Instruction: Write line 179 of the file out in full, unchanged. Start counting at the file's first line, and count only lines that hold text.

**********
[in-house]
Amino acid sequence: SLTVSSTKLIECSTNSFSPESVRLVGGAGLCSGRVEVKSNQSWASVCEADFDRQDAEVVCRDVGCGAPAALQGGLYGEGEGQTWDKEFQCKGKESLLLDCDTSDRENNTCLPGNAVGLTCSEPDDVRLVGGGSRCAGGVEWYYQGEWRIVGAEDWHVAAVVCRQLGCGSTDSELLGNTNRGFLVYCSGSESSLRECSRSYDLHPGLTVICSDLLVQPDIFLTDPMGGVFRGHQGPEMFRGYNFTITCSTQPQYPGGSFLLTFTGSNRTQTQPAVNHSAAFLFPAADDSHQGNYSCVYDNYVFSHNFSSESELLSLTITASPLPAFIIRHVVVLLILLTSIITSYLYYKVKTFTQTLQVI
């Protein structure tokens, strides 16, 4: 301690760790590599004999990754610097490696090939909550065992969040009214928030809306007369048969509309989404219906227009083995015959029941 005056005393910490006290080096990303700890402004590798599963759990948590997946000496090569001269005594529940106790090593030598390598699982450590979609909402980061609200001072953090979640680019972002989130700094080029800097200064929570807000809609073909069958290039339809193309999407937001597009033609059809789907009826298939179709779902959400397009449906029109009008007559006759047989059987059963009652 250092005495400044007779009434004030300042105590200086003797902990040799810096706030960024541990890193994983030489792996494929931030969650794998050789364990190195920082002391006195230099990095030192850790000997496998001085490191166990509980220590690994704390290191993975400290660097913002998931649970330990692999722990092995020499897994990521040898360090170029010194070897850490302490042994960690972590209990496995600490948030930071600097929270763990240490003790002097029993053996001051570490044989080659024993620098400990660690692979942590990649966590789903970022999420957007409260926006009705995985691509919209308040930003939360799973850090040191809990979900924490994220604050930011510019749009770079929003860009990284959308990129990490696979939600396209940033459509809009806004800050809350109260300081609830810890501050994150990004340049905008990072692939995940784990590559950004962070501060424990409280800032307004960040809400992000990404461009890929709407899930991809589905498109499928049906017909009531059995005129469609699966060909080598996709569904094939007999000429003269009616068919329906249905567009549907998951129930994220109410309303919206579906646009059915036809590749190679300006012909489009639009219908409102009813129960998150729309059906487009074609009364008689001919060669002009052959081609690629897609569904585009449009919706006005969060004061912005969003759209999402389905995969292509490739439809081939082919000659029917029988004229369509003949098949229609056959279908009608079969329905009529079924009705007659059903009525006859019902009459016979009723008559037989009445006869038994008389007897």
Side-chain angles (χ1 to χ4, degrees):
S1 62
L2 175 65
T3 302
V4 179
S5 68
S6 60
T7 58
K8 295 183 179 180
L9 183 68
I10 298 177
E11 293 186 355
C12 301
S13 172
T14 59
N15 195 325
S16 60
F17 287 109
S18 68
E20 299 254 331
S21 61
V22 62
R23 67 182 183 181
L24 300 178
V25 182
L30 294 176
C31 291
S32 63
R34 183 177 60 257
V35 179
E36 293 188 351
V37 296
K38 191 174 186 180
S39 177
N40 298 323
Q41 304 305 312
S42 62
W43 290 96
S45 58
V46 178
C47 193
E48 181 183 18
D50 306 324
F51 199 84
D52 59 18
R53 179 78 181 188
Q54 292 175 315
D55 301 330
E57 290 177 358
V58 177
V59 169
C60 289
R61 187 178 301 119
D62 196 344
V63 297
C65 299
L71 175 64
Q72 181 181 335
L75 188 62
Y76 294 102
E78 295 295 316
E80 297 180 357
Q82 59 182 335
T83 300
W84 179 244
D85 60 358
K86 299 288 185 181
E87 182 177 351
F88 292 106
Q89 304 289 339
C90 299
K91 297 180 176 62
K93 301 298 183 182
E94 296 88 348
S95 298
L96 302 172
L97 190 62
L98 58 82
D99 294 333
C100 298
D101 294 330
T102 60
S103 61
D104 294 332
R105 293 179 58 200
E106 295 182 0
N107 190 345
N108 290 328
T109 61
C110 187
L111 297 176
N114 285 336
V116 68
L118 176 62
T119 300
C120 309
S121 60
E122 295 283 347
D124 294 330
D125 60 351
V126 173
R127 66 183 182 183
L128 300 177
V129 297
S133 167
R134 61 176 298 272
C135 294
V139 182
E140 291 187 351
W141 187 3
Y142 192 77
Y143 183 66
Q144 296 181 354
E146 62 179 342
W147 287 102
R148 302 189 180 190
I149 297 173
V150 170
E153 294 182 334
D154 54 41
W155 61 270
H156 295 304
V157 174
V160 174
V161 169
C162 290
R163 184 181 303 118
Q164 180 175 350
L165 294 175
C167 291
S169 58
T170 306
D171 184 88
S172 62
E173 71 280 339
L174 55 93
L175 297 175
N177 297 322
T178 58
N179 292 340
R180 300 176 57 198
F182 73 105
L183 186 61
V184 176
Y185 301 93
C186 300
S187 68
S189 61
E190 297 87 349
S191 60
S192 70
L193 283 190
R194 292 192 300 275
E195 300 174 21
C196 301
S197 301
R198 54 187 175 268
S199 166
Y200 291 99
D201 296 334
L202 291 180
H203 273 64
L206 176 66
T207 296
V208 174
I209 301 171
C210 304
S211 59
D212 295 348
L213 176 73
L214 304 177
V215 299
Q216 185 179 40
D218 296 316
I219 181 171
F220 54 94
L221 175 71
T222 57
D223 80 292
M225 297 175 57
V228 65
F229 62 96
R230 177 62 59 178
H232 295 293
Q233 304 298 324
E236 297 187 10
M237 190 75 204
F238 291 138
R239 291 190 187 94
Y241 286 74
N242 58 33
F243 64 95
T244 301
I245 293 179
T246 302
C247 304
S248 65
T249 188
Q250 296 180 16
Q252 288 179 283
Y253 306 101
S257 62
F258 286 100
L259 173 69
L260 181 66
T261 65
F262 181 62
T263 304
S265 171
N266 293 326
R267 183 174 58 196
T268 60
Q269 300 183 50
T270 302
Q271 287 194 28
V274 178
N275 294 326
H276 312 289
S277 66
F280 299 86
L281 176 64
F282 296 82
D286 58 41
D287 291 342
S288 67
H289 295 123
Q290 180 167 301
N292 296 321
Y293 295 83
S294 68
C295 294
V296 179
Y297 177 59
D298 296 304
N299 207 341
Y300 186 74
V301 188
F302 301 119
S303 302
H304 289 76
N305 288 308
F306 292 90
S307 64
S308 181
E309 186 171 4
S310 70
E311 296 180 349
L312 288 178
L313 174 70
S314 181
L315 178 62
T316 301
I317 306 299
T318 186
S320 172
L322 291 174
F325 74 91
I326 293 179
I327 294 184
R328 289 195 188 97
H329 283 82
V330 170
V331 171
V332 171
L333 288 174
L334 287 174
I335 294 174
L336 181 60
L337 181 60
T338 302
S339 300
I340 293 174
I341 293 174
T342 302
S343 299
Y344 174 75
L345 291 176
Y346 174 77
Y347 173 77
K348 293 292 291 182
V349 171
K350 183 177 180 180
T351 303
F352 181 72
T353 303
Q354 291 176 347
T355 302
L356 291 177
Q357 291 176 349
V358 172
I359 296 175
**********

F220 54 94